Python MusicBrainz Library

Python MusicBrainz Library

In this post, we'll look at how we can pull music data and cover art images from MusicBrainz using python.

Setup

Python

  1. First step is to install python - see the beginners guide on the python website if you need help with this step.
  2. Once you have python installed, I would recommend creating a new virtual environment where we will install the libraries that we need. I suggest checking out Conda if you need a virtual environment manager.

MusicBrainzNgs Library

  1. Lucky for us, there is already a python library that works with the MusicBrainz API. Run the following in the environment you created above:
pip install musicbrainzngs
  1. Now create a new .py file or, my personal preference when testing out new libraries, an .ipynb file using Jupyter.

  2. In your new .ipynb file we just import the library

import musicbrainzngs as mbz
  1. Set the user agent
mbz.set_useragent('TheRecordIndustry.io', '0.1')

And we are ready to start sifting through the data.

Browse Data

The data schema gives a bit more information about the types of data that those functions return. We are quickly going to look at 3 objects:

  • Artist - An artist is generally a musician, a group of musicians, or another music professional (composer, engineer, illustrator, producer, etc.)
  • Release - Real-world release object you can buy in your music store. It has release date and country, list of catalog number and label pairs, packaging type and release status. Example:
    • 1984 US release of "The Wall" by "Pink Floyd", release on label "Columbia Records" with catalog number "C2K 36183" and UPC "074643618328", it's an official release and comes with two CDs in jewel case.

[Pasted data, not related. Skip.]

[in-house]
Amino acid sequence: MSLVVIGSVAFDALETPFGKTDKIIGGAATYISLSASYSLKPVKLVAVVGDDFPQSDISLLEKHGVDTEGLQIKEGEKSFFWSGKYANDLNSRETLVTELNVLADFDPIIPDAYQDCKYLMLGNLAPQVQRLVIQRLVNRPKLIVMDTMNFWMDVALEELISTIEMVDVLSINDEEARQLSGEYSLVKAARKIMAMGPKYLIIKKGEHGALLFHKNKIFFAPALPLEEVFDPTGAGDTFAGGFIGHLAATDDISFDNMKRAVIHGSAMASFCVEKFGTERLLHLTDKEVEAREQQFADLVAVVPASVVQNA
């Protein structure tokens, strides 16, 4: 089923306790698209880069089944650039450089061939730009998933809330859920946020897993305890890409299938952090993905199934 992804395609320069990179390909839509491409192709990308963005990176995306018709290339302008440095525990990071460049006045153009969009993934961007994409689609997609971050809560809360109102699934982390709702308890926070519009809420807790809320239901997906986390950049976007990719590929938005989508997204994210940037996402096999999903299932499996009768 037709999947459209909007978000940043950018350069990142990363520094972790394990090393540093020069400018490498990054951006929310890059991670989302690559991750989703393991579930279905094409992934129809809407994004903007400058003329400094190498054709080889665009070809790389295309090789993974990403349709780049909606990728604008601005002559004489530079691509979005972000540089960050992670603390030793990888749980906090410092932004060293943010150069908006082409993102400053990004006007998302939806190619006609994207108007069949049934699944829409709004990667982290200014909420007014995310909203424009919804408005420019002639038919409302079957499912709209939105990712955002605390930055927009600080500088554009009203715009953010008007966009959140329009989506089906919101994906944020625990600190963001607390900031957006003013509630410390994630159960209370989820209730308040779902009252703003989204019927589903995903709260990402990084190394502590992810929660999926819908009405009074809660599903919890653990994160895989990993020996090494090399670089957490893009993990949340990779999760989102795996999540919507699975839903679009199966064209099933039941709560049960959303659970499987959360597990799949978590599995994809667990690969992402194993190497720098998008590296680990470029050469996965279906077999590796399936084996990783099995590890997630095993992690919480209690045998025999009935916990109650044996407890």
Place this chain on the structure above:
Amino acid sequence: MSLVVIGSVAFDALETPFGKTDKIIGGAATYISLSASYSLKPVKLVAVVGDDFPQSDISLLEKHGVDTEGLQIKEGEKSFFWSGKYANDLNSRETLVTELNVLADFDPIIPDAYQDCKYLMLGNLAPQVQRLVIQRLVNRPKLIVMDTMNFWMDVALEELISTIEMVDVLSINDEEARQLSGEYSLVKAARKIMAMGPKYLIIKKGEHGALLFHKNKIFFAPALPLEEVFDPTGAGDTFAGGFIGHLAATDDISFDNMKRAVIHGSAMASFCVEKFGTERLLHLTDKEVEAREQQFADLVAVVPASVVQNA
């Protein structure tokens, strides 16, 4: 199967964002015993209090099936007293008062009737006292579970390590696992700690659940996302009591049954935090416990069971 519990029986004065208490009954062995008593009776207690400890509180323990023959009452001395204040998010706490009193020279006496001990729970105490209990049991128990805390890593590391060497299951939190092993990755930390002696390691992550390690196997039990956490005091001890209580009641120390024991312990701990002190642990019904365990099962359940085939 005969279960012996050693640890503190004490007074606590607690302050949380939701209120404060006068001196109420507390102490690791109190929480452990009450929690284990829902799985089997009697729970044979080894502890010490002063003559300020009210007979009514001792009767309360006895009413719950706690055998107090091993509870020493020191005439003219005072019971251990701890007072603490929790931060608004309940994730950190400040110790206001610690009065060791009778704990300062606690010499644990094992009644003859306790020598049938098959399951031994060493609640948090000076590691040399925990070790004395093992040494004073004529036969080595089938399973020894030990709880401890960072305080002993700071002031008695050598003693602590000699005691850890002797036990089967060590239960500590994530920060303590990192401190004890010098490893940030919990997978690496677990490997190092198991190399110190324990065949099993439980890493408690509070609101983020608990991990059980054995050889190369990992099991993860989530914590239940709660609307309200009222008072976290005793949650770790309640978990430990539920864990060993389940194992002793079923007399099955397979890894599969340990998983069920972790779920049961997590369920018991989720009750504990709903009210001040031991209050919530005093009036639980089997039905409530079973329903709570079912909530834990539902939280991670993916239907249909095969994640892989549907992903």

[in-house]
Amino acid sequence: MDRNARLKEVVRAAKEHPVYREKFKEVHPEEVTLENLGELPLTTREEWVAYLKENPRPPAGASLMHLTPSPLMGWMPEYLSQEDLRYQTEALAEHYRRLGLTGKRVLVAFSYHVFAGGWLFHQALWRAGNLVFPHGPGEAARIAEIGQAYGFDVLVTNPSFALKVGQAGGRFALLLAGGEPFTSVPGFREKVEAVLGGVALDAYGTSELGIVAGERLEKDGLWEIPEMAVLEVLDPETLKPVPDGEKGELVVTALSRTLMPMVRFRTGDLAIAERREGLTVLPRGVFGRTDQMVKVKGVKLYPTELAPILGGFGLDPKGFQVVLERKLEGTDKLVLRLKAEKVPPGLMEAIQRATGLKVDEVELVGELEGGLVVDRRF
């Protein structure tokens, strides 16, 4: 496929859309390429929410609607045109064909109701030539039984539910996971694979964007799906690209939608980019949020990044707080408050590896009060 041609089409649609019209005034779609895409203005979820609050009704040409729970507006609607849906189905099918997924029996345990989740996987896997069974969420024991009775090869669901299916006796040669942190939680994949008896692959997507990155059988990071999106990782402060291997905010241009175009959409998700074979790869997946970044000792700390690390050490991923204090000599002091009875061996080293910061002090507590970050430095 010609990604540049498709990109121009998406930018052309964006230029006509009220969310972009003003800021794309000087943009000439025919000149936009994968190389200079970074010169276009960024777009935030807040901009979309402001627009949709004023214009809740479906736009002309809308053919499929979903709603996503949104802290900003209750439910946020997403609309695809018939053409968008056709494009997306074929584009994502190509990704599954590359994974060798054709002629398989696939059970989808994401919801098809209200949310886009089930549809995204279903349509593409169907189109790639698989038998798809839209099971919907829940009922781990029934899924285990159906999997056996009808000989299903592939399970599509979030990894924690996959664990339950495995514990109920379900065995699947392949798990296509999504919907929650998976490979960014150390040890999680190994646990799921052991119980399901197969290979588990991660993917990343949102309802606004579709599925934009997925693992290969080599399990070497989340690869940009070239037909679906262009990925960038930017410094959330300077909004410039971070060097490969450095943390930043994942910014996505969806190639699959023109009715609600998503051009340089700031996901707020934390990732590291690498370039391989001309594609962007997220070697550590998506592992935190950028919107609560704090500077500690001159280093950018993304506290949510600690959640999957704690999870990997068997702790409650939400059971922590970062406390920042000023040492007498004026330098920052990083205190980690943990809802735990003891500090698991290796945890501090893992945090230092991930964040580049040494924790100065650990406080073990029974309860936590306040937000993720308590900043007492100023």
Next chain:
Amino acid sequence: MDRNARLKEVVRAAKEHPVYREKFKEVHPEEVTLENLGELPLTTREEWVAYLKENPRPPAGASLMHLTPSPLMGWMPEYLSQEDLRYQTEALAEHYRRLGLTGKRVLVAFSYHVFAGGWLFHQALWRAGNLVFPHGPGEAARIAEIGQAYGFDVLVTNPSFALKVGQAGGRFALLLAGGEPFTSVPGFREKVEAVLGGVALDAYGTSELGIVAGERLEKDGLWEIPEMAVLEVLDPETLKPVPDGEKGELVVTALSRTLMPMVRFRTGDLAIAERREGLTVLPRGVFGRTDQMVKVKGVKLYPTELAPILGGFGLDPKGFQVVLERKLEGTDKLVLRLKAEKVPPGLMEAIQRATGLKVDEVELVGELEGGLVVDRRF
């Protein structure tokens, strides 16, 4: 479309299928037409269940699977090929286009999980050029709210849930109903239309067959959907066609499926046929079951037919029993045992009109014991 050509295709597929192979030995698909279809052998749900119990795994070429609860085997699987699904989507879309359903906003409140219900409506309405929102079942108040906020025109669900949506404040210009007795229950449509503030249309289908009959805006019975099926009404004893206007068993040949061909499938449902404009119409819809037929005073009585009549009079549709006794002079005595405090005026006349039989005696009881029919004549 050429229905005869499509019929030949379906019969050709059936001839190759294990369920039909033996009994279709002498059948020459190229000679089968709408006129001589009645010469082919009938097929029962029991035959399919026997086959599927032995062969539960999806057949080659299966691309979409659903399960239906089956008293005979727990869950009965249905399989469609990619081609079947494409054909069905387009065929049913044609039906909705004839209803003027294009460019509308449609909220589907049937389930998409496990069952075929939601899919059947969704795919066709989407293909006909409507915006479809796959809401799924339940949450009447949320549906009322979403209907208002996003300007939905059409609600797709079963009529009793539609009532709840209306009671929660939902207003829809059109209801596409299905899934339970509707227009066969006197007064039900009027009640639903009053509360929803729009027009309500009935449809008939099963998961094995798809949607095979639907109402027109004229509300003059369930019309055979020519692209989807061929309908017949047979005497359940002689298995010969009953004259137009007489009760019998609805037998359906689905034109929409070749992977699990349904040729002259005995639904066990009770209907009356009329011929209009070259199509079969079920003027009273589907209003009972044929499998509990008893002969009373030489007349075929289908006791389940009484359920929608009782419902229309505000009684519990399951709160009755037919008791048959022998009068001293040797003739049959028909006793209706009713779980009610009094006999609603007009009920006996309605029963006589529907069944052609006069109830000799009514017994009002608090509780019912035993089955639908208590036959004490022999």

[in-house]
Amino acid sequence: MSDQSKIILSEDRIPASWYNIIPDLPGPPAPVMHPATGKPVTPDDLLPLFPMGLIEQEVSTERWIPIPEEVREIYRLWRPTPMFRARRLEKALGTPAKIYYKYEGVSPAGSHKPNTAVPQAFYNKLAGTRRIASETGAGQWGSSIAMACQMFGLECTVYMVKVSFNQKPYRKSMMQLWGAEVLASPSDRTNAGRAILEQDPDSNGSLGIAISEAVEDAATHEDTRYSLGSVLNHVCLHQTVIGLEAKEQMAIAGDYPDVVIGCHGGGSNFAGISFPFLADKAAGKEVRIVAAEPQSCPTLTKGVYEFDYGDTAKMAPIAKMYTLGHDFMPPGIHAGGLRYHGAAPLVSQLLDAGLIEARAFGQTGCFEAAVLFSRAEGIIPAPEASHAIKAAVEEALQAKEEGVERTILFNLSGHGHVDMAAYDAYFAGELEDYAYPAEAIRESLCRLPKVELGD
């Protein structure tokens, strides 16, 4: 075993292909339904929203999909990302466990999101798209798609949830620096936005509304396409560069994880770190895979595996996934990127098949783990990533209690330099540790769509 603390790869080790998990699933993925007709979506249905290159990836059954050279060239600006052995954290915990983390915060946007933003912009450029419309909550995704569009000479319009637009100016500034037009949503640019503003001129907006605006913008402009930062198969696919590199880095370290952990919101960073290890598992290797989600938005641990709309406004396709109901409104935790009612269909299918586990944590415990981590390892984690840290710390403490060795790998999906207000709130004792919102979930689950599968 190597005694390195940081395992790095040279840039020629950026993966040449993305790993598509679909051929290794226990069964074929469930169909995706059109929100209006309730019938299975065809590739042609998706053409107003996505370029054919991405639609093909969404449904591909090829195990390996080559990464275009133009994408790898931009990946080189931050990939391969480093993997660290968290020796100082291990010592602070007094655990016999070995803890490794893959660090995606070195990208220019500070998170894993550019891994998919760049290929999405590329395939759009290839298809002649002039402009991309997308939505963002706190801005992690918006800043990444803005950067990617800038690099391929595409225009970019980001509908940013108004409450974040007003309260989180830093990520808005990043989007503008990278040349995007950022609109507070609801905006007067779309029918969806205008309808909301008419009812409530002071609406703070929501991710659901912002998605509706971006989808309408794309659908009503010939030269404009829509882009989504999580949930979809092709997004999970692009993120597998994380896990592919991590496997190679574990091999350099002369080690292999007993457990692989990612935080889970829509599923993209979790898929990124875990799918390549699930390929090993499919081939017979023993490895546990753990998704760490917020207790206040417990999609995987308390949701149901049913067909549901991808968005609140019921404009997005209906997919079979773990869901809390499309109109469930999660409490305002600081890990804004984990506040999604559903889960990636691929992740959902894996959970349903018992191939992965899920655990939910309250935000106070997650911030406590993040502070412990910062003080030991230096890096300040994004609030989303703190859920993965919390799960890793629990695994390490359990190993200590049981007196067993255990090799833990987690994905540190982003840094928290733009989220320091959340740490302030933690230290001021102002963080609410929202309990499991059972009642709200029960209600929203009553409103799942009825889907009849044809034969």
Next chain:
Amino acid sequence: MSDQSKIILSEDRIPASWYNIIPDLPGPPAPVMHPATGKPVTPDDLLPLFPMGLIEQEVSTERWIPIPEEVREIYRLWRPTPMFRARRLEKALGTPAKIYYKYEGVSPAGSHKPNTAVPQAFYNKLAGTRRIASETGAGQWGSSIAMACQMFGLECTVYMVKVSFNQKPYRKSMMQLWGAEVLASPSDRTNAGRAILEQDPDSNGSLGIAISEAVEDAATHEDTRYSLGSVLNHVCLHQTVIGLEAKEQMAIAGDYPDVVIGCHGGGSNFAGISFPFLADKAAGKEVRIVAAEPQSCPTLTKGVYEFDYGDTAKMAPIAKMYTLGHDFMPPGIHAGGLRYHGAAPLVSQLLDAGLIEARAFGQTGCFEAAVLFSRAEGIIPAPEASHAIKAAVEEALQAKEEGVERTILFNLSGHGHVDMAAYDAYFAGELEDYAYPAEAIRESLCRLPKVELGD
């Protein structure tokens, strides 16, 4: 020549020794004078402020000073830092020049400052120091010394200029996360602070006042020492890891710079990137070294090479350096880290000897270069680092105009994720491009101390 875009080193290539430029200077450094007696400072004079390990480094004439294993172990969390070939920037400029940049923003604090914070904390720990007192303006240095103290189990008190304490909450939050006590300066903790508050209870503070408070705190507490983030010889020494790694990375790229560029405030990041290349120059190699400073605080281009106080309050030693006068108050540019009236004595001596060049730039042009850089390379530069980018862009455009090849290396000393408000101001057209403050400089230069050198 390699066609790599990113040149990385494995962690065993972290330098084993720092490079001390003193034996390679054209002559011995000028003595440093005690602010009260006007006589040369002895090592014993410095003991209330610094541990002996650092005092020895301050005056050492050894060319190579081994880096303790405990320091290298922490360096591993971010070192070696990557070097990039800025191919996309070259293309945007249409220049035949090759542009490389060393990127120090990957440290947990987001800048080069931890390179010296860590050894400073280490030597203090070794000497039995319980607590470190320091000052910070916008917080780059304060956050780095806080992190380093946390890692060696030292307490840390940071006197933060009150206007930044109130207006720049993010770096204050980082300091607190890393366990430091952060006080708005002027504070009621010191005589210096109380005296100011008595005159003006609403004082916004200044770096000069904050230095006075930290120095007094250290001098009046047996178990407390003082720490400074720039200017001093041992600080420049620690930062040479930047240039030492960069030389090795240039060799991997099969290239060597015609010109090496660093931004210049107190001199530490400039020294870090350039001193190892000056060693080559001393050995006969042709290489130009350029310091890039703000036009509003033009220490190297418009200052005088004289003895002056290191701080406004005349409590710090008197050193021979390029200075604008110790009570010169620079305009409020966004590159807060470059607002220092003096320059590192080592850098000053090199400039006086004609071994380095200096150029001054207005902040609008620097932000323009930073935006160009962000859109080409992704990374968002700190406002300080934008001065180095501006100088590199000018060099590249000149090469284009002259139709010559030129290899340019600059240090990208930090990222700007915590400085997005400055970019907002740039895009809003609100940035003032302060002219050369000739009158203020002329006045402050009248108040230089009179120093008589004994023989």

• Cover Art - Actual images from the release

Search Artists

We are going to start by searching for an artist. Most of the library's functions return a dictionary object, so in this first line of code we are going to pull the 'artist-list' from the results, and then we'll use the first result in that list as our artist.

artist_list = mbz.search_artists(query='Red Sovine')['artist-list']
red_sovine = artist_list[0]
red_sovine

This will show the full data of what has been captured for this artist:
artist_list

Browse Releases

Now that we have Red Sovine's ID, we can use that to browse related objects like his releases, recordings, works, etc. In this next step, we'll look at releases.

release_list = mbz.browse_releases(artist=red_sovine['id'])['release-list']
release_list

This will return a list of releases.
release_list

Fetch Cover Art

Now that we have selected a release, let's pull the cover art for it.

phantom_309 = release_list[4]
cover_art_b = mbz.get_image(phantom_309['id'], coverid='front', size='500')

We'll need to import a couple more libraries to convert the binary data into a viewable image.

from PIL import Image
import io

image = Image.open(io.BytesIO(cover_art_b))
image.show()

Conclusion

We have successfully gone from an artist name, to browsing through their releases, to getting the cover art for that release. Hopefully this was a good overview of how to use the MuzicBrainzNgs library, but there is a lot more that you are capable of finding using the library.

Check out: